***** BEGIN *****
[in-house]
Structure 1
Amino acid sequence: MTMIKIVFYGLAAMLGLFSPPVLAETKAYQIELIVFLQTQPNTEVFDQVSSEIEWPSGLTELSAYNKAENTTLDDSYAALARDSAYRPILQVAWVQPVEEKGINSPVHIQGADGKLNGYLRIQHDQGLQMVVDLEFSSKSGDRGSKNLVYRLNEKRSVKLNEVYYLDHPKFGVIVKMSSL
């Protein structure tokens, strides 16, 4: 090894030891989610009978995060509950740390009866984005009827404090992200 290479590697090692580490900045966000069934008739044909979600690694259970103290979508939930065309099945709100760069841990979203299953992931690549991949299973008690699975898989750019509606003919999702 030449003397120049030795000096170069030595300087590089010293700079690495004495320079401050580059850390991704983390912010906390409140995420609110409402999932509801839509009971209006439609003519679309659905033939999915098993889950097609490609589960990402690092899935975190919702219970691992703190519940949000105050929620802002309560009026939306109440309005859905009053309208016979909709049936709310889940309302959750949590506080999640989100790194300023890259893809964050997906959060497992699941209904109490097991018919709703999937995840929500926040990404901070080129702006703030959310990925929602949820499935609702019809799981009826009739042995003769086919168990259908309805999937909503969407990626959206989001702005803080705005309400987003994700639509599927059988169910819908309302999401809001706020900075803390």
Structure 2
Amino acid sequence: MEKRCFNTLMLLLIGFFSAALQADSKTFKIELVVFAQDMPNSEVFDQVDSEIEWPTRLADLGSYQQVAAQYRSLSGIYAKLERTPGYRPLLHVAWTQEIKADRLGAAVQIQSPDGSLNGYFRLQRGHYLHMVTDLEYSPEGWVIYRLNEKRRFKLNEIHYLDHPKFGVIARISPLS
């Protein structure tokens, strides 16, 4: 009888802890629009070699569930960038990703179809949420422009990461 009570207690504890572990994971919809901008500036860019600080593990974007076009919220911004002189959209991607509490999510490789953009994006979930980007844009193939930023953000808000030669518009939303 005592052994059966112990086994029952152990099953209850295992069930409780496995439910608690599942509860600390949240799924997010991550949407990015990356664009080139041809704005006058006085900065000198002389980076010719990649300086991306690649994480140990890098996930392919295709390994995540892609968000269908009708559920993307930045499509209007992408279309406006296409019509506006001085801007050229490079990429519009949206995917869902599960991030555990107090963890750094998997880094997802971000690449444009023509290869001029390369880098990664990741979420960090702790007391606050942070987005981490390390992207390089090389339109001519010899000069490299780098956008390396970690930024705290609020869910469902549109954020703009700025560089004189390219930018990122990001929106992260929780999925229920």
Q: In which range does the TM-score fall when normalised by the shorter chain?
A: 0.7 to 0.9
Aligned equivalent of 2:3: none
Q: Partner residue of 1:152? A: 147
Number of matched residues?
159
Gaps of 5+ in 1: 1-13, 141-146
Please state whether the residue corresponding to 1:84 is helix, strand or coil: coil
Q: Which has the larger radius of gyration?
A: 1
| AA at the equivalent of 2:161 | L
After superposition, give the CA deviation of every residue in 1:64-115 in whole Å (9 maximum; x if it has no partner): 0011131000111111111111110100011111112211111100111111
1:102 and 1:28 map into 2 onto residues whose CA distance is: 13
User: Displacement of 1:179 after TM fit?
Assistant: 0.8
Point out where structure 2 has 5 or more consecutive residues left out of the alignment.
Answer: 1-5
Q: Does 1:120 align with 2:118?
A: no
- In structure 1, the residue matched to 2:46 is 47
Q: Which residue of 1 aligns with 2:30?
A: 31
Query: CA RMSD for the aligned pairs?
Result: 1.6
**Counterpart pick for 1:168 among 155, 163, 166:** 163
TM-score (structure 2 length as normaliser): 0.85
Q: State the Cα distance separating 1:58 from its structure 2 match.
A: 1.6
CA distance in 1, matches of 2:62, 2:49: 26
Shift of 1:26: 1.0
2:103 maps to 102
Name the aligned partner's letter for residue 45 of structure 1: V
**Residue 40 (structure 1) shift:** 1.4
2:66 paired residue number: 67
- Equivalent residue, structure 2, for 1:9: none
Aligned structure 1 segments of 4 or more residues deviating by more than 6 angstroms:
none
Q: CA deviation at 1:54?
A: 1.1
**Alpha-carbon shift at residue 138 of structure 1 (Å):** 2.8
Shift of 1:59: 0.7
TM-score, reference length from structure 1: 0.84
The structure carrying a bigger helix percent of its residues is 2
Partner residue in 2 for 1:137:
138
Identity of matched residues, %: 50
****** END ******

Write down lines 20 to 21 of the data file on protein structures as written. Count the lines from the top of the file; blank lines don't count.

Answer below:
1:102 and 1:28 map into 2 onto residues whose CA distance is: 13
User: Displacement of 1:179 after TM fit?